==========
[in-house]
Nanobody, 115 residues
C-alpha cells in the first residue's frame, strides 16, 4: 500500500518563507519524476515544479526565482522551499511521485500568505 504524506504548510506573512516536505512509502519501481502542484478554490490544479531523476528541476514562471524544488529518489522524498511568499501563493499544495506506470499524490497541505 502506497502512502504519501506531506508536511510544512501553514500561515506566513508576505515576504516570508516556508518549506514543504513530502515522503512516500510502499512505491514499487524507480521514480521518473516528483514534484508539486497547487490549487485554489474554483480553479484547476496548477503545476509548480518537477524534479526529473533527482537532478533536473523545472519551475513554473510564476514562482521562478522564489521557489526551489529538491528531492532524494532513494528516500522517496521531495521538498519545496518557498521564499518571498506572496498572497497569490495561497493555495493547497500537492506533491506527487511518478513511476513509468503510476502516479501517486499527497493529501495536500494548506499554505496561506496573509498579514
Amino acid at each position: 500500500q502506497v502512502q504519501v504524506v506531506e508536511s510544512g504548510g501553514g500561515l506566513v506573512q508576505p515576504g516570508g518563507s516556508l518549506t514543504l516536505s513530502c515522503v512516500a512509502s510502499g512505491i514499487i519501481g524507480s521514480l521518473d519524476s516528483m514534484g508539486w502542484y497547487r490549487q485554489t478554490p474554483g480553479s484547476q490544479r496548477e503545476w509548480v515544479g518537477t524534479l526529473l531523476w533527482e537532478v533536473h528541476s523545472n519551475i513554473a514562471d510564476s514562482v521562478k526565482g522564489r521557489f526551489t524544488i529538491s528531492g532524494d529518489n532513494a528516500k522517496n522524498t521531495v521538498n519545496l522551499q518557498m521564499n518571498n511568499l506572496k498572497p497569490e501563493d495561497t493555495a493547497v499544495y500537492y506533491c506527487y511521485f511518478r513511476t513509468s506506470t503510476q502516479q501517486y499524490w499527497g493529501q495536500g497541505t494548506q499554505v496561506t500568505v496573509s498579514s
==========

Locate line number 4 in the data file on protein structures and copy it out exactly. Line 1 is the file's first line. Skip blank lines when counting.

Amino acid at each position: 500500500q502506497v502512502q504519501v504524506v506531506e508536511s510544512g504548510g501553514g500561515l506566513v506573512q508576505p515576504g516570508g518563507s516556508l518549506t514543504l516536505s513530502c515522503v512516500a512509502s510502499g512505491i514499487i519501481g524507480s521514480l521518473d519524476s516528483m514534484g508539486w502542484y497547487r490549487q485554489t478554490p474554483g480553479s484547476q490544479r496548477e503545476w509548480v515544479g518537477t524534479l526529473l531523476w533527482e537532478v533536473h528541476s523545472n519551475i513554473a514562471d510564476s514562482v521562478k526565482g522564489r521557489f526551489t524544488i529538491s528531492g532524494d529518489n532513494a528516500k522517496n522524498t521531495v521538498n519545496l522551499q518557498m521564499n518571498n511568499l506572496k498572497p497569490e501563493d495561497t493555495a493547497v499544495y500537492y506533491c506527487y511521485f511518478r513511476t513509468s506506470t503510476q502516479q501517486y499524490w499527497g493529501q495536500g497541505t494548506q499554505v496561506t500568505v496573509s498579514s